Along with moving on to new studies (I'm done with High School), I got a brand new laptop: an Asus N56VB-S3055H. The hardware specs are really nice, with a quad-core i7-3630QM CPU, 6Gb RAM, 1Tb HDD. I was worried about the integrated nVidia card (GeForce GT 740M) at first, that I suspected to be a cause of problems on GNU/Linux. Thankfully, it does not bother me and the Intel Ivy-bridge card works just fine. I also had the great suprise of finding an ath9k WiFi card shipped with the laptop! You can find a complete hardware review at h-node: Asus N56VB-S3055H
I used to install every new machine with Trisquel GNU/Linux, however I don't really agree with the Linux-libre policy that is about blocking the firmwares load. Moreover, Debian recently made great efforts towards being a fully free distro. So basically, my Debian installation is fully free and the hardware doesn't require loaded non-free firmwares (which means I don't have to use the non-free Debian repo).
Setting up the BIOS
However the BIOS is non-free and it ships with Secure Mode enabled. The BIOS can be accessed by booting with the ESC key pressed and then selecting the option to access Setup. Make sure that you do not let it boot the preinstalled Windows 8 as there is no way to soft turn the computer off if you don't agree to the license terms.
In order to install GNU/Linux, make sure you disable the following options in the BIOS:
Intel Anti-theft technology
Secure Boot Control
Then enable the following options:
Launch CCSM (you might want to disable PXE then)
UEFI boot with the Debian installer
With such options in the BIOS, you should be able to boot a GNU/Linux installation disc (and probably an USB install media too). However, be very careful: the BIOS only support UEFI boot from the HDD, so you have to install GRUB with UEFI support. In the debian-installer, I only had to create an UEFI partition (at the begining of the disk) and the installer did the rest. It also set the mountpoint to /boot/uefi. Keeping the Windows UEFI partition (make sure to format it though) would probably work too. As a matter of fact, I failed the installation the first time because I removed the partition (and the Debian installer warned me that it was a bad idea). So things aren't so bad in the end, since there is free software support for UEFI booting.
Setting up the touchpad correctly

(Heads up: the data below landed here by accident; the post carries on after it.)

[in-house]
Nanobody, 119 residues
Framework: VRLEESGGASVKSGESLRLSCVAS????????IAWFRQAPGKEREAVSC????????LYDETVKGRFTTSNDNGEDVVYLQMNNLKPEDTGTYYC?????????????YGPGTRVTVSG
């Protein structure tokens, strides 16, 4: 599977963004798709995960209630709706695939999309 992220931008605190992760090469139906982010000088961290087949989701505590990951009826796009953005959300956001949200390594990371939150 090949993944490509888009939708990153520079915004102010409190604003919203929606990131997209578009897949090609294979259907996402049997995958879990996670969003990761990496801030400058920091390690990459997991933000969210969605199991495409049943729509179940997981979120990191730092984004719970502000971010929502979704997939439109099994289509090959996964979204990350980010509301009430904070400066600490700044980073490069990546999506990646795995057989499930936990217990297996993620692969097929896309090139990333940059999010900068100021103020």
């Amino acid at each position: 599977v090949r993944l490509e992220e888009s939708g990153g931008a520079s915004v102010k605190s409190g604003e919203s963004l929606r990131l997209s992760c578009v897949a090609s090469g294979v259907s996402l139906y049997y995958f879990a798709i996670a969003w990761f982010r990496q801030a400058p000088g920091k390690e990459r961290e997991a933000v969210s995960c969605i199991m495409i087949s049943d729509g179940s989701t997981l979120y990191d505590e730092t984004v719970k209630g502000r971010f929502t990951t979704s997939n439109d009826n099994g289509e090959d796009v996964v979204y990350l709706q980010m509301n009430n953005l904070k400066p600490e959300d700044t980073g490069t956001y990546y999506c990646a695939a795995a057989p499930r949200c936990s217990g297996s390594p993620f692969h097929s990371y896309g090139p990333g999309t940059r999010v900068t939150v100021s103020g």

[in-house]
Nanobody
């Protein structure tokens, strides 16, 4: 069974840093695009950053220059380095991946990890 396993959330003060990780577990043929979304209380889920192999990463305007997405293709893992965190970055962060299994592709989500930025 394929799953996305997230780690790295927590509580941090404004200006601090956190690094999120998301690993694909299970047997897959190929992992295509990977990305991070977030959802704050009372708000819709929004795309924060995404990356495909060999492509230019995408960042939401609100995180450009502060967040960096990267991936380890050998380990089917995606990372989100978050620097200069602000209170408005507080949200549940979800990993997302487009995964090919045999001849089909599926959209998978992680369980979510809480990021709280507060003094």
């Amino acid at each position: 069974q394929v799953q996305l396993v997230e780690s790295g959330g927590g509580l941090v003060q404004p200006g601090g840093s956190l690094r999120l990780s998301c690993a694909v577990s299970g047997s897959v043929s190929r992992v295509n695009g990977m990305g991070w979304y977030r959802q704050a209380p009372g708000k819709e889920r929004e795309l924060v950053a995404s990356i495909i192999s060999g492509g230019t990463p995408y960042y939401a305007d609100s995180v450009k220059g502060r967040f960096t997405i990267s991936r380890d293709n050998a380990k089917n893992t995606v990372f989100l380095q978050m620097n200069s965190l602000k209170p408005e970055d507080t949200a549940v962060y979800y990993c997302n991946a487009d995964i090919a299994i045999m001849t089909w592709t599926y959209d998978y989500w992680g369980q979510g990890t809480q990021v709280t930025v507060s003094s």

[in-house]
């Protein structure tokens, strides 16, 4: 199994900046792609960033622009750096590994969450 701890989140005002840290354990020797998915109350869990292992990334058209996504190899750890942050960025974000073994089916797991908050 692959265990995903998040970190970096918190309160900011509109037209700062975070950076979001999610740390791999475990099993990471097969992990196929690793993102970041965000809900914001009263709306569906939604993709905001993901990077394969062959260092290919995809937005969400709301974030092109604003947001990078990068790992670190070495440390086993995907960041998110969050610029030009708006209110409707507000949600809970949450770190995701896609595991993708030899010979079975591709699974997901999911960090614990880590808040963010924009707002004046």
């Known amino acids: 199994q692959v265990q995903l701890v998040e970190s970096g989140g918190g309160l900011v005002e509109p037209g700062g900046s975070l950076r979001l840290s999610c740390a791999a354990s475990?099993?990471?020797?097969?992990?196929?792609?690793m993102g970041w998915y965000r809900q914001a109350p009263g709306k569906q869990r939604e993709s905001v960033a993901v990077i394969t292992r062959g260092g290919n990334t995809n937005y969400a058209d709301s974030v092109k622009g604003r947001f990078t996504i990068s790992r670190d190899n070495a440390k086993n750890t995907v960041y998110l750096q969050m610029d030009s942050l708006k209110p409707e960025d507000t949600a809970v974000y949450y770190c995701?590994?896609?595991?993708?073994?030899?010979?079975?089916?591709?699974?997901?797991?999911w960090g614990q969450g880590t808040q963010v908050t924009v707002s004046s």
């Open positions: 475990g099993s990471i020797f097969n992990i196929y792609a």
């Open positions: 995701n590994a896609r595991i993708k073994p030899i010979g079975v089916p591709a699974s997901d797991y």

The laptop has a synaptics touchpad which didn't work correctly at first: drag'n'drop was not at all possible and both click buttons triggered a left click. After some online research, I found one solution that is to use one-finger click for left click and two-finger click for right click. However, this was far from perfect since this is not the expected behavior and drag'n'drop was still impossible. Here is some documentation about how to set that up though: Left-, Right-, and Middle-click on Clickpad .
The real complete solution was adding some options to the synaptics Xorg input driver so that it handles soft buttons, clickpad and multi-touch. It consists in creating /usr/share/X11/xorg.conf.d/75-synaptics.conf with the following contents:
Another feature that was missing was the external subwoofer. A couple of steps are required to enable it, described on the ArchWiki page for another Asus laptop: Asus N55SF Audio. However with strictly this, it still didn't work: I had to step up the Bass Speaker volume in alsamixer (make sure to select the Intel HDA card first) and obviously select the newly created 2.1 Output profile on the GNOME sound config app.
Tuning up GNOME
Since the main graphics chip is an Intel one, graphics acceleration worked out of the box on Debian, and I just ignore the nVidia card for now. That means I had the great pleasure of enjoying the use of GNOME-Shell for some time, but quickly went back to the traditional GNOME-Panel, that I find a lot more convenient for developing. Obviously, a lot of tuning up is needed to make the experience perfect.
I was very surprised with the way GNOME handles both the panel backlight and the keyboard backlight. Basically, these can be dynamically tuned with the media keys (Fn+Something combination keys), which works fine, but none of these changes are kept between sessions and reboots. That means I have to change these after every single login: that is so annying. So my solution was to create an init.d script that stores the backlight values at poweroff and to use a script launched at the GNOME session startup to bring back the previously stored values. It's a shame I have to do this, such basic support should come out of the box with software as popular as GNOME is.